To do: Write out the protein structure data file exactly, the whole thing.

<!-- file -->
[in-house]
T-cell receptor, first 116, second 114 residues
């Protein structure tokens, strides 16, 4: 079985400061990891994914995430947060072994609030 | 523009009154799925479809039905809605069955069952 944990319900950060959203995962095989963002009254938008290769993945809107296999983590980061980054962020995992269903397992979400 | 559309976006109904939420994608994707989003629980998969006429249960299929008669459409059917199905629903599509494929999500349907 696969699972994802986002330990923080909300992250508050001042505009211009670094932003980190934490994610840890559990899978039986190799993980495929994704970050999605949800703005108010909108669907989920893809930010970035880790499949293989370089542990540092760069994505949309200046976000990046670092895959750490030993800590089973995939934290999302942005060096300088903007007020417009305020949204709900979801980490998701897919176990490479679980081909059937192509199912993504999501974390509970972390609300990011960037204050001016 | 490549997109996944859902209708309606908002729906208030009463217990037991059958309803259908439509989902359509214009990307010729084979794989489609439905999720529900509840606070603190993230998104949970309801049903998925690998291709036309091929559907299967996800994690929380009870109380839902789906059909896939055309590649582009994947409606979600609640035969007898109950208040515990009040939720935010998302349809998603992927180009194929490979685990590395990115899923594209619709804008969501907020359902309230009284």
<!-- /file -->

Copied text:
[in-house]
T-cell receptor, first 116, second 114 residues
């Protein structure tokens, strides 16, 4: 079985400061990891994914995430947060072994609030 | 523009009154799925479809039905809605069955069952 944990319900950060959203995962095989963002009254938008290769993945809107296999983590980061980054962020995992269903397992979400 | 559309976006109904939420994608994707989003629980998969006429249960299929008669459409059917199905629903599509494929999500349907 696969699972994802986002330990923080909300992250508050001042505009211009670094932003980190934490994610840890559990899978039986190799993980495929994704970050999605949800703005108010909108669907989920893809930010970035880790499949293989370089542990540092760069994505949309200046976000990046670092895959750490030993800590089973995939934290999302942005060096300088903007007020417009305020949204709900979801980490998701897919176990490479679980081909059937192509199912993504999501974390509970972390609300990011960037204050001016 | 490549997109996944859902209708309606908002729906208030009463217990037991059958309803259908439509989902359509214009990307010729084979794989489609439905999720529900509840606070603190993230998104949970309801049903998925690998291709036309091929559907299967996800994690929380009870109380839902789906059909896939055309590649582009994947409606979600609640035969007898109950208040515990009040939720935010998302349809998603992927180009194929490979685990590395990115899923594209619709804008969501907020359902309230009284």